Due Impartiality: UK Regulator fines Baltic Media Alliance Limited £20,000

posted on 25 February, 2020   (public)

According to Ofcom, NTV Mir Baltic failed to remain duly impartial, resulting in serious and repeated breaches of the Broadcasting Code

On 17 February 2020, Ofcom published its sanctions decision imposed on Baltic Media Alliance Limited in relation to material broadcast on NTV Mir Baltic on 2 April 2018 during the news programme “Today” dealing with the poisoning of Sergei Skripal and his daughter Yulia in Salisbury. 


The facts

NTV Mir Baltic is a television channel broadcasting to the Russian-speaking community in Latvia, licensed by Ofcom. The licence for NTV Mir Baltic is held by Baltic Media Alliance Limited. On 2 April 2018, in its edition of 'Today', the presenters reported on the Skripal’s case* in a way largely reflecting the views of the Russian Government and with various statements critical of the UK Government’s response.

The legal framework

Based on the Communications Act 2003, the Ofcom Broadcasting Code states that 'News, in whatever form, must be reported with due accuracy and presented with due impartiality' (Section 5, Rule 5.1). In addition, 'due impartiality must be preserved on matters of major political and industrial controversy and major matters relating to current public policy' (Section 5, Rule 5.11). Moreover, 'an appropriate wide range of significant views must be included and given due weight in each programme or in clearly linked and timely programmes' (Section 5, Rule 5.12).

Ofcom’s decision

Ofcom considered that the broadcast raised issues within the scope of the Rules 5.11 and 5.12. The poisoning of the Skripals was a matter of high public and political concern at the time the programme was broadcast and the breach had the potential to undermine public confidence in the due impartiality regime. In response to NTV Mir Baltic comments, Ofcom stated that:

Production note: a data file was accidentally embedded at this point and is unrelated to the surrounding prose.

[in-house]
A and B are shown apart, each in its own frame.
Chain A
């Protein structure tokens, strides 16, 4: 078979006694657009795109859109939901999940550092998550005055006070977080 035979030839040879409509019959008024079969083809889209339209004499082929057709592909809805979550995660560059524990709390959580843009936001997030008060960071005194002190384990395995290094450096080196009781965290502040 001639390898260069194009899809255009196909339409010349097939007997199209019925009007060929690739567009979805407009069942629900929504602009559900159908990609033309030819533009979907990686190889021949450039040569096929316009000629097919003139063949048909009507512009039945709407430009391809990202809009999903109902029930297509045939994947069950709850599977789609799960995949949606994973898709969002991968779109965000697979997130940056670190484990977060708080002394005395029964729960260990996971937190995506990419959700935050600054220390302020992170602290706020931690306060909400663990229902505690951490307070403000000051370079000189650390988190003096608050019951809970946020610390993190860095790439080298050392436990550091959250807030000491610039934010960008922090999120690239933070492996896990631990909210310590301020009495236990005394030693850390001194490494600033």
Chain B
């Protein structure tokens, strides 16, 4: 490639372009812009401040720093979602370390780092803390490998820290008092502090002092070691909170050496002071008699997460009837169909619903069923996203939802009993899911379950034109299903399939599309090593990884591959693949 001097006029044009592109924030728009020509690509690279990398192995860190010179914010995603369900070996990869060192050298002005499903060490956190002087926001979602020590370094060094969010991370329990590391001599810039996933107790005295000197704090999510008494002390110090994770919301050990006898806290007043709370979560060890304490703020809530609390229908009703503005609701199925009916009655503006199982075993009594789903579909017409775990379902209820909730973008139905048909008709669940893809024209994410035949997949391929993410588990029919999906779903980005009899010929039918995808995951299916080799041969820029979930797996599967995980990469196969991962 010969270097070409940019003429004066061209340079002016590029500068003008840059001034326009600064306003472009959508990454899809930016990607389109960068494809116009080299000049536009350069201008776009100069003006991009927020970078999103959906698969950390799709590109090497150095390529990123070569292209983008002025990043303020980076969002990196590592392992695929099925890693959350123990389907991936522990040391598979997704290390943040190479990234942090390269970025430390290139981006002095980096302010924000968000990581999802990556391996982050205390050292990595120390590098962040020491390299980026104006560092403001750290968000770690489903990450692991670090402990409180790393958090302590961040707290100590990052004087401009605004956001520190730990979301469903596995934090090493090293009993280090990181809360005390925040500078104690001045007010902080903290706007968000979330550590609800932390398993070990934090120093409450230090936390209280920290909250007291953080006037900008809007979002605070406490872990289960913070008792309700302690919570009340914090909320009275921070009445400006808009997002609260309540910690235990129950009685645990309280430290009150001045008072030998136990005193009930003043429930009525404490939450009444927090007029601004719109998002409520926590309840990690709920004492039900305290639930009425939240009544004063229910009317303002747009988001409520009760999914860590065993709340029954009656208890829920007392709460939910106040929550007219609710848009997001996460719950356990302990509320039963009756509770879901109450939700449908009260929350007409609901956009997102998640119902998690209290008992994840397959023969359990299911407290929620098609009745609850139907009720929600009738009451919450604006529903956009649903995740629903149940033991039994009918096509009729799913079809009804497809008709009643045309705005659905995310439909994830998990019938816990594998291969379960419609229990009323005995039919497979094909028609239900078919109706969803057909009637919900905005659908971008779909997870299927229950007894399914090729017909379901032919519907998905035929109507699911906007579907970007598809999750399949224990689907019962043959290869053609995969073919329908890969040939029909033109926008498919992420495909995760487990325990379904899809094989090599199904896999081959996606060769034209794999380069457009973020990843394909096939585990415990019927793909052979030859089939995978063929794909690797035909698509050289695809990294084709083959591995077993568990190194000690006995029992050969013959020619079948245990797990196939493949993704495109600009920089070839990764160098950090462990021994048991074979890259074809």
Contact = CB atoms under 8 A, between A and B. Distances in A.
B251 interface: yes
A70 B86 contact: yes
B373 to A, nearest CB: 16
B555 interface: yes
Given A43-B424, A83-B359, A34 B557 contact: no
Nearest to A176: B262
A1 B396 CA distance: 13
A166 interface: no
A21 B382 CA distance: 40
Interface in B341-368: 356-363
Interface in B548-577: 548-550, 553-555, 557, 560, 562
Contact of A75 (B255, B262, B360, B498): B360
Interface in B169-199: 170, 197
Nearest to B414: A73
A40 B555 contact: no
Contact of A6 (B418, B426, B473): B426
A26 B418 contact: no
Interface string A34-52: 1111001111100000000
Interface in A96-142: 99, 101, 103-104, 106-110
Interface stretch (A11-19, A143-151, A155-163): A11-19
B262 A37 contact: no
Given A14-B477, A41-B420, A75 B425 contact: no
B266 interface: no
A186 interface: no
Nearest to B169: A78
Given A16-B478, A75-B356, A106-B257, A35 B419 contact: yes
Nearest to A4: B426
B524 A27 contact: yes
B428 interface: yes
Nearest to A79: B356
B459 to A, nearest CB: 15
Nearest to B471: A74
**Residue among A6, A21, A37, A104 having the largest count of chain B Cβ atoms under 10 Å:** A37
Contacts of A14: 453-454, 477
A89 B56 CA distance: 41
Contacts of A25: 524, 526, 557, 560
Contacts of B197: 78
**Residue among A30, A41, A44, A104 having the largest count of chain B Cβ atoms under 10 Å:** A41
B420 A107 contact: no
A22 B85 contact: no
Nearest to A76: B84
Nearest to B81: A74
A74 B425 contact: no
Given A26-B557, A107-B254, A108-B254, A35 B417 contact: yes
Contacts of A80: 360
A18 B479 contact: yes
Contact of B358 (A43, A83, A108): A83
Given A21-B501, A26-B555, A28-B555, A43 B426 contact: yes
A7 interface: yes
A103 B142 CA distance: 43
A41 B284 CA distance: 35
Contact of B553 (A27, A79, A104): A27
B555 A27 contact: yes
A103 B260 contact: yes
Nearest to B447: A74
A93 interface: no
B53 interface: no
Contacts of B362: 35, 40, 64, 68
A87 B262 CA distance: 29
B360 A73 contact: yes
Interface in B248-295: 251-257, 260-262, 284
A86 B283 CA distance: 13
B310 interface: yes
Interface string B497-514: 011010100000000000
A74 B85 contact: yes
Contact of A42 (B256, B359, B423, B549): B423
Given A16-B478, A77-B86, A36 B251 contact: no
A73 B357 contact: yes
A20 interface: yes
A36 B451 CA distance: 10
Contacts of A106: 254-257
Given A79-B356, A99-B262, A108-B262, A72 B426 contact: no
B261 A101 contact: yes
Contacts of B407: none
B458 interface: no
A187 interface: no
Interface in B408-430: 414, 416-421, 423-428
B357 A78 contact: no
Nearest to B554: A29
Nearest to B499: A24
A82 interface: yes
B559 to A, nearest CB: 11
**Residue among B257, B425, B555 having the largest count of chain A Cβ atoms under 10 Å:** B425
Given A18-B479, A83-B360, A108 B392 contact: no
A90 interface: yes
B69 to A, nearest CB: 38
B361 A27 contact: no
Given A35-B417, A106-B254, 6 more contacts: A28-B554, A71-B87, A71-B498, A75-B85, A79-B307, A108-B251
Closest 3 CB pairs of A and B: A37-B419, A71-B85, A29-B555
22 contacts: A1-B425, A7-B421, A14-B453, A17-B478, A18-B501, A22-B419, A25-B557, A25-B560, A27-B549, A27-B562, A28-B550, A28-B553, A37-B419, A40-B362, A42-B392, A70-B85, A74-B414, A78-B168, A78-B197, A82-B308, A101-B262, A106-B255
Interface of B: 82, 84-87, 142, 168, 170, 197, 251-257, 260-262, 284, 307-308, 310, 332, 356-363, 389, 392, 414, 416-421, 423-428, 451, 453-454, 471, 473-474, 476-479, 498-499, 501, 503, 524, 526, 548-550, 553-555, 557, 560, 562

• The content was not limited to official statements but included critical comments
  • The broadcaster should not have assumed prior knowledge on the part of the audience of particular alternative views
  • The broadcast should have included and given due weight to alternative viewpoints and reflected the UK Government’s position on the incident; substantial *British opinion” had been available at the time the programme was produced
  • The broadcaster failed to provide any evidence of the alleged partiality of mainstream British media in general, or in relation to coverage of the Skripals’ poisoning in particular
  • The fact that the target audience was outside of the UK has no impact as all international TV channels licensed and regulated by Ofcom must comply with the regulatory framework in the UK.

As a consequence, Ofcom considered that the edition of this news programme constituted a breach of the due impartiality rules. Taking in account the fact that this was the 6th time that such breach occurred since November 2014, this breach became a serious failure of compliance and the regulator fined Baltic Media Alliance Limited £20,000. Ofcom has also directed the Licensee to broadcast a statement of Ofcom’s findings on dates and in a form to be determined by Ofcom.  

Further information:
  • *The Skripal’s poisoning case: Sergei Skripal, a former Russian military officer and double agent for the UK's intelligence services, and his daughter Yulia Skripal were poisoned in Salisbury, England, with a Novichok nerve agent, according to official UK sources and the Organisation for the Prohibition of Chemical Weapons (OPCW).
  • Ofcom also published its £75.000 sanction decision imposed on Talk Radio related to three episodes, one on the Skripal’s poisoning and the two others on the antisemitism allegations against Jeremy Corbyn.

Source: Ofcom's Broadcast and On Demand Bulletin


See also